I Know More Than My Bankruptcy Attorney?

22 Feb I Know More Than My Bankruptcy Attorney?

So, after months of considering your financial situation, you scheduled a consultation with a bankruptcy attorney and retained him or her to assist you in your filing.

So far, so good.

Hopefully, you have retained an experienced and skilled attorney. An attorney who is at the forefront of the trends in bankruptcy law and active in the bankruptcy community like being a member of the National Association of Consumer Bankruptcy Attorneys (NACBA). It should give you peace of mind that your attorney will be able to appropriately represent you and assure you that things will get better for you.

Why is it then that often people will then fail to follow the advice of the attorney? Why is it that you question the professional who has been practicing bankruptcy law for many years in favor of following the advice of a “friend” or based on something that you read over the internet? Contrary to what We The People may say on their website, a bankruptcy case–your bankruptcy case–is not a game for amateurs.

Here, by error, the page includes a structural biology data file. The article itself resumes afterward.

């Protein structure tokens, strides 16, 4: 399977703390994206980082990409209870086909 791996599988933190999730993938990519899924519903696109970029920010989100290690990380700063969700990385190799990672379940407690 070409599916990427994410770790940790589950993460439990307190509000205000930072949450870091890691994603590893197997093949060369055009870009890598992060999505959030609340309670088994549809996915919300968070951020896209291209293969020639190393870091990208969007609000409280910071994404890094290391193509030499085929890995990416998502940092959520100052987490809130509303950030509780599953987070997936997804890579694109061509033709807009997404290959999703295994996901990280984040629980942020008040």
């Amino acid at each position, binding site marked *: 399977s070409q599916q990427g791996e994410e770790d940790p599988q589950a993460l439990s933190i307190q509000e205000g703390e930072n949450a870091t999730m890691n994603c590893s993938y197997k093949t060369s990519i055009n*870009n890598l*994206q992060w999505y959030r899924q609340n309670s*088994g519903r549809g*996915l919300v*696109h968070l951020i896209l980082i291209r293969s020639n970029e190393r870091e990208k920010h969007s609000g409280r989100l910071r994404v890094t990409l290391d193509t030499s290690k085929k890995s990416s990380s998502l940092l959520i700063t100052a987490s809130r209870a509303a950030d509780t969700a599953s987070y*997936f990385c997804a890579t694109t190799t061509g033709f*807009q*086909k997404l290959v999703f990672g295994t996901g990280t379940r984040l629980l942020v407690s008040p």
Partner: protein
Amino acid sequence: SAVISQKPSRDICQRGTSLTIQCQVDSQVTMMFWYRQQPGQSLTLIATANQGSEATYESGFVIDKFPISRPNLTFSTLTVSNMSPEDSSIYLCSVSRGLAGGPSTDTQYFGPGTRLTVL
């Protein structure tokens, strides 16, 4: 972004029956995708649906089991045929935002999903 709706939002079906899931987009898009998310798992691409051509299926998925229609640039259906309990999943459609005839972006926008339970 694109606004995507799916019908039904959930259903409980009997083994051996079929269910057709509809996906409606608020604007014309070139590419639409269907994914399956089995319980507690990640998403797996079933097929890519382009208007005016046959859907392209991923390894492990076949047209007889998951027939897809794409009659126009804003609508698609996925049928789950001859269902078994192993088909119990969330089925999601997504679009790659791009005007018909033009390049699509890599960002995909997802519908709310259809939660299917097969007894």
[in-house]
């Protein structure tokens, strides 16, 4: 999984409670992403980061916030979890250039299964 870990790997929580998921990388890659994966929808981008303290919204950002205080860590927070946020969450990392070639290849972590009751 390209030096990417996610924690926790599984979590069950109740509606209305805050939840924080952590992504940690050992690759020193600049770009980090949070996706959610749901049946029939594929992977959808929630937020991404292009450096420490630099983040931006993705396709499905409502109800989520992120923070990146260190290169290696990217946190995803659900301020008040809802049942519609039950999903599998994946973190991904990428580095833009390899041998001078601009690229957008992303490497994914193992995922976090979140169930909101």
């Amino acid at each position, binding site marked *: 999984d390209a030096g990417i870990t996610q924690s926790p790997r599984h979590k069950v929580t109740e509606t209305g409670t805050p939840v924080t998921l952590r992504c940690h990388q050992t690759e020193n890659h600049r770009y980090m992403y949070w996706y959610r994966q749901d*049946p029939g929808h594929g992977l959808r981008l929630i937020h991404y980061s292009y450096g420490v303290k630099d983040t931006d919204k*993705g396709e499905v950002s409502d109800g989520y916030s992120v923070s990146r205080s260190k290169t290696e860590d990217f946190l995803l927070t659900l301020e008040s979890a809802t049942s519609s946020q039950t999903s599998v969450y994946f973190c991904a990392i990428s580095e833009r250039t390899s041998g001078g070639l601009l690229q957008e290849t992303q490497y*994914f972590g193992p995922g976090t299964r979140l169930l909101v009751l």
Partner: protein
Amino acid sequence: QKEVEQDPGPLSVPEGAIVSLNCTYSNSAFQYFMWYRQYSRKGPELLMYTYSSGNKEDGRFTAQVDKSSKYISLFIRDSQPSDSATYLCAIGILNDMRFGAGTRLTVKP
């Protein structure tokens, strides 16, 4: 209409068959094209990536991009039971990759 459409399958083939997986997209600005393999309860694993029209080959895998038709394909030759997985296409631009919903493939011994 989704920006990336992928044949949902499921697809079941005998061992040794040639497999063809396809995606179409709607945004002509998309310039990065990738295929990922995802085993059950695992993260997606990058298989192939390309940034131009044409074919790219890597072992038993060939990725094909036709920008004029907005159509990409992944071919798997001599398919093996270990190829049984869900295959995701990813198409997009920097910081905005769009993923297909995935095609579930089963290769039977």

As an example, once, there was a lady who had significant credit card debt. She owned her house with her husband and they had significant equity in their house. Husband did not have any debt in his name that he could not manage so he did not need to file bankruptcy. Because the house was held astenants by the entirety, the trustee would not worry about her house, that is, would not sell the house.

Unfortunately, husband decided that he knew more bankruptcy law than the professional who had been practicing law for twenty years. He had the wife execute a deed to him conveying her interest in the real estate to him. Well now! Instead of a fairly routine bankruptcy case, it has now gotten complicated. Now, the chapter 7 trustee may decide that debtor wife has transferred property without receiving fair market value and that could be a fraudulent transfer and the trustee could seek to bring that asset back into the estate in order to sell it in order to pay wife’s creditors. Of course, had wife left well enough alone, none of these problems would exist.

Fortunately, the attorney was able to fix things but not without charging additional fees to the client.

When you hire a qualified bankruptcy attorney, you should expect that he or she knows what they are talking about. You can rely on that advice.

But, as the quote goes, “If you think it is expensive to hire a professional to do the job, wait until you hire an amateur!

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Adrian Lapas, Esq.

I've been practicing bankruptcy law in North Carolina since 1993, and am certified as a specialist in consumer bankruptcy law by the North Carolina State Bar.
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